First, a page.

As a component of Montalvo’s 18-month thematic program Natural and Creative Capital, which addresses the sustainability of our natural and cultural environments, Cease & Desist addresses issues around the repurposing and recycling of materials that include an identifiable logo or trademark.
The exhibition includes a site-specific installation by Los Angeles based artist Carrie Ungerman that examines consumption behavior around drinking water, while San Jose based artist Charlotte Kruk’s traditional Spanish matador costumes made from candy wrappers celebrate the public’s insatiable sweet tooth and defies the power of the large candy corporation. Four works by George Herms will also be on view, on loan from the Tobey C. Moss Gallery in Los Angeles. Herms' work also re-purposes materials and utilizes found objects.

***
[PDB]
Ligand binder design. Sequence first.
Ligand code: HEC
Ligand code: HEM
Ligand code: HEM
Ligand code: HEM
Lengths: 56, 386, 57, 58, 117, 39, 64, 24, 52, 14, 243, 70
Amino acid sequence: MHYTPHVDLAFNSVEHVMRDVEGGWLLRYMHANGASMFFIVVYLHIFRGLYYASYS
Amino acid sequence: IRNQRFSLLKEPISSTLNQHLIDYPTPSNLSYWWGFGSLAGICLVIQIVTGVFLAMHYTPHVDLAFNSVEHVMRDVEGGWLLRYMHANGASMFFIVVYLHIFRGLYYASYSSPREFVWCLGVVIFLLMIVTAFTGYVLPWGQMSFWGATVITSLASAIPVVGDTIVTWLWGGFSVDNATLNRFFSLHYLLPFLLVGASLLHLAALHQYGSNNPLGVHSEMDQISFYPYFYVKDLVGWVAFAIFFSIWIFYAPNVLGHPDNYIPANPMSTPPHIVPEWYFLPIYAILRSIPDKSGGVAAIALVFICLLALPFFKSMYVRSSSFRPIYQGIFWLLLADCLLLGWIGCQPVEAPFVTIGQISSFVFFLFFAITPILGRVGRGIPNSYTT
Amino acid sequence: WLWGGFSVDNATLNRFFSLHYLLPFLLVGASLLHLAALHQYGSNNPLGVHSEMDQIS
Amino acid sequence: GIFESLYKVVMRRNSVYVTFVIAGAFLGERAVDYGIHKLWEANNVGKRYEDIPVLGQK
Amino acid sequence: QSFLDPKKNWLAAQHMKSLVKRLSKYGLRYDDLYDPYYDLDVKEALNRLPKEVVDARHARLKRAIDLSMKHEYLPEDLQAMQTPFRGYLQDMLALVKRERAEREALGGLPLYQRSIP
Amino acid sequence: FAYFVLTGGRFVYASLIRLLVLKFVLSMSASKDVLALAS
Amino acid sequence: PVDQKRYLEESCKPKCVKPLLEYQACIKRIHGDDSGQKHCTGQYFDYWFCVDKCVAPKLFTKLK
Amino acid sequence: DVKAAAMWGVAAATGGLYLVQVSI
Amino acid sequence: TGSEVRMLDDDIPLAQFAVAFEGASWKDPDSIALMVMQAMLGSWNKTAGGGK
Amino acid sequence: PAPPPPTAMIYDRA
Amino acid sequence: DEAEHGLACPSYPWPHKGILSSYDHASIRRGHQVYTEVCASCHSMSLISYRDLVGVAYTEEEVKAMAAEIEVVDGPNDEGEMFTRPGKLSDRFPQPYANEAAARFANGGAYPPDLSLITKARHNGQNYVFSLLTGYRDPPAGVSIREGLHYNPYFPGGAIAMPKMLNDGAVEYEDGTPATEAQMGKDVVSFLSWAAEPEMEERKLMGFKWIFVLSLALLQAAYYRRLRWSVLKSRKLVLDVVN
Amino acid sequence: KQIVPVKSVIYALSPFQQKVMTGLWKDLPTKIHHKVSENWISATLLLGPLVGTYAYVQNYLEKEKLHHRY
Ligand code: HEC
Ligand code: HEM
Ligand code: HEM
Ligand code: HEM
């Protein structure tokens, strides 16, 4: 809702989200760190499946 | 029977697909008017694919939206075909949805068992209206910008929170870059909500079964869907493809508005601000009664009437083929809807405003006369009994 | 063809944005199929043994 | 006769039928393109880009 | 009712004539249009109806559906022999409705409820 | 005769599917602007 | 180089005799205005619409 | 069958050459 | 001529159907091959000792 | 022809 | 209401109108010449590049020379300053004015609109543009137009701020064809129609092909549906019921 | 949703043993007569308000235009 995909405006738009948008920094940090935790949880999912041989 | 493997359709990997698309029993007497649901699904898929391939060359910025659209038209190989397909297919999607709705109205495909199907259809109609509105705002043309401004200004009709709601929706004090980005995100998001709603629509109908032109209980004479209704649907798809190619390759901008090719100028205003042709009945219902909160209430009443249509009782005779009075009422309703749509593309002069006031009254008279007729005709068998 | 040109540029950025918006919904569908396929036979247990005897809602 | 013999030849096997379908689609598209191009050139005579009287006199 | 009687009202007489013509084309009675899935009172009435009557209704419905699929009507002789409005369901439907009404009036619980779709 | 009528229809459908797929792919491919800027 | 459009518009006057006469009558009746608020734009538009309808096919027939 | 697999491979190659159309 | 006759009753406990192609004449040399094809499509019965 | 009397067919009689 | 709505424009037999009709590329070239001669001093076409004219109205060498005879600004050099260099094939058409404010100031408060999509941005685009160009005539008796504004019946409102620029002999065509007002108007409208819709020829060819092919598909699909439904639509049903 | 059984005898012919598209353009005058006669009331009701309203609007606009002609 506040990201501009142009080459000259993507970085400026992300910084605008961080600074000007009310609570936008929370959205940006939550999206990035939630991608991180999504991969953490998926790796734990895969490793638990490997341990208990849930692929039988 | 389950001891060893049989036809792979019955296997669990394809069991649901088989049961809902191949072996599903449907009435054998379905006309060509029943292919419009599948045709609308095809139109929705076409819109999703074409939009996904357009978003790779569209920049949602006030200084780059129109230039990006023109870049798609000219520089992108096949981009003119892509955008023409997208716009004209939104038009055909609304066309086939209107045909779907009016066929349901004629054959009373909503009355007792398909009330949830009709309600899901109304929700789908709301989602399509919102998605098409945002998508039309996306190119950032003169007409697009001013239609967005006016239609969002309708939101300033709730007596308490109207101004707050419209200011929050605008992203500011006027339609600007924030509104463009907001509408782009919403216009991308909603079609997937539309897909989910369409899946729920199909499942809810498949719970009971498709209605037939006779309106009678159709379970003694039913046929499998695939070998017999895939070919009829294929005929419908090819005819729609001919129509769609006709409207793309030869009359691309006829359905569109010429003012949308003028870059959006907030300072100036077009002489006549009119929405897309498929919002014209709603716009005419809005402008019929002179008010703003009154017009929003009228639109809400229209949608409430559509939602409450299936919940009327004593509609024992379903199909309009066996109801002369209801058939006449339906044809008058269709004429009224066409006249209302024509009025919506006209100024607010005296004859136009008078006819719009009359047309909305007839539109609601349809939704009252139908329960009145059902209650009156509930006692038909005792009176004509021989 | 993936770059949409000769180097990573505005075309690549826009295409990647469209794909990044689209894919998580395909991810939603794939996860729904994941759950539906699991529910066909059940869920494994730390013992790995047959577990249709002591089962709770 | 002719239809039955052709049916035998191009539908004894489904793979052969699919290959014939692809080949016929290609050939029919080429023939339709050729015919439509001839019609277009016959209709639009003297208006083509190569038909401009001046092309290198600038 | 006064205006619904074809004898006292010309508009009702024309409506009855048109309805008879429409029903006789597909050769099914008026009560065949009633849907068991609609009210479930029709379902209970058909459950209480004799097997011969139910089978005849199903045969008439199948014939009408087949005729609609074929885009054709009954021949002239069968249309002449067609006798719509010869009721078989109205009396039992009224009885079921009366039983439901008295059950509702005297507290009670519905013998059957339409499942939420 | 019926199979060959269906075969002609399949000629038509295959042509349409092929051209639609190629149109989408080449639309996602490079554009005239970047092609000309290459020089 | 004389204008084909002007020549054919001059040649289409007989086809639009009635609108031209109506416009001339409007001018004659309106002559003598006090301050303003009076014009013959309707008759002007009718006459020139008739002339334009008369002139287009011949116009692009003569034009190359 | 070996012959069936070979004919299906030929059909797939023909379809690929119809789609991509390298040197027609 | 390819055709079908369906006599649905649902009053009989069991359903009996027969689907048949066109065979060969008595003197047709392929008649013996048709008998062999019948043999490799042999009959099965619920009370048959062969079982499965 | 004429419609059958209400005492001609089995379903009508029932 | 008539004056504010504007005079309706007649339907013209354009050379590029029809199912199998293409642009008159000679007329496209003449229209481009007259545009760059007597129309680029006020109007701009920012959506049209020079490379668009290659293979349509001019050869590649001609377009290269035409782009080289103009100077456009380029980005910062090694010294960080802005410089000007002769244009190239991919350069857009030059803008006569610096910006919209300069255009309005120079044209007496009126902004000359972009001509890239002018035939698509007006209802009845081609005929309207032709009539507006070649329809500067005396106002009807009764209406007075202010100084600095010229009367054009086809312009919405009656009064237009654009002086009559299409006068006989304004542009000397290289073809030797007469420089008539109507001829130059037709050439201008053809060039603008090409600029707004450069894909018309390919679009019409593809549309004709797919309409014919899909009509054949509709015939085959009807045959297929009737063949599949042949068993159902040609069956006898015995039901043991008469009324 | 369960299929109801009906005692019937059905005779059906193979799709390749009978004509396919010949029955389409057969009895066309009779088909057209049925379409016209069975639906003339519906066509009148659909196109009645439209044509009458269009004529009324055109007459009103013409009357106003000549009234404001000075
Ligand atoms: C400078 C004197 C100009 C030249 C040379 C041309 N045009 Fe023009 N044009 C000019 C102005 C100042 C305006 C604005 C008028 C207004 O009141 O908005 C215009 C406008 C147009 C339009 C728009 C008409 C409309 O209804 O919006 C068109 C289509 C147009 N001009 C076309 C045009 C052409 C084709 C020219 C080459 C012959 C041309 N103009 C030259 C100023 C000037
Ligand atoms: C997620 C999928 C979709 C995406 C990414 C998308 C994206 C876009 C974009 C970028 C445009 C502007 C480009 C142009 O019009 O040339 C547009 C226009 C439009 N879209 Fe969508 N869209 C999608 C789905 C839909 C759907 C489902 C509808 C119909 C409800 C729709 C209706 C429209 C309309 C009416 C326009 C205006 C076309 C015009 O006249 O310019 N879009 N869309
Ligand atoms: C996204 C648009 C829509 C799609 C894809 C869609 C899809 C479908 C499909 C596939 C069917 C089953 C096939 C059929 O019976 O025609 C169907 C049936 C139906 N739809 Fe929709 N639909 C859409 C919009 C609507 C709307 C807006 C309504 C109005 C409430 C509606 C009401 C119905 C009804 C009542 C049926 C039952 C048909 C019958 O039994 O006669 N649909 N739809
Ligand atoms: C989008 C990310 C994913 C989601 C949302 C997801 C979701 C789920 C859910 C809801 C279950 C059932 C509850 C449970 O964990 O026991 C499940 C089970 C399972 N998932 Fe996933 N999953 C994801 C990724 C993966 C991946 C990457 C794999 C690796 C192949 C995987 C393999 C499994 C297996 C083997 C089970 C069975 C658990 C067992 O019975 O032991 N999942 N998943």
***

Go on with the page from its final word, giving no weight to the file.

Many works of art have been created from found objects by masters of modern art such as Marcel Duchamp, Pablo Picasso and Robert Rauschenberg, but what happens when art objects include the repurposed trademark of a major corporation? As a society, we are encouraged to reduce, reuse, and recycle, however the laws around brand name usage leave the parameters around the reuse of product packaging unclear.
RELATED: Choreographer Fanny Ara has created an evening of Flamenco and Spanish Classical dance that pushes the boundaries of tradition. GARLOCHI, a special performance on March 4, will feature a unique Paso Doble created in response to the works on view in Cease & Desist.
- ArtScene: Carrie Ungerman
- Jane Magazine: Charlotte Kruk
- LA Weekly: Carrie Ungerman
- Spark KQED: Charlotte Kruk
THIS IS A FREE EVENT!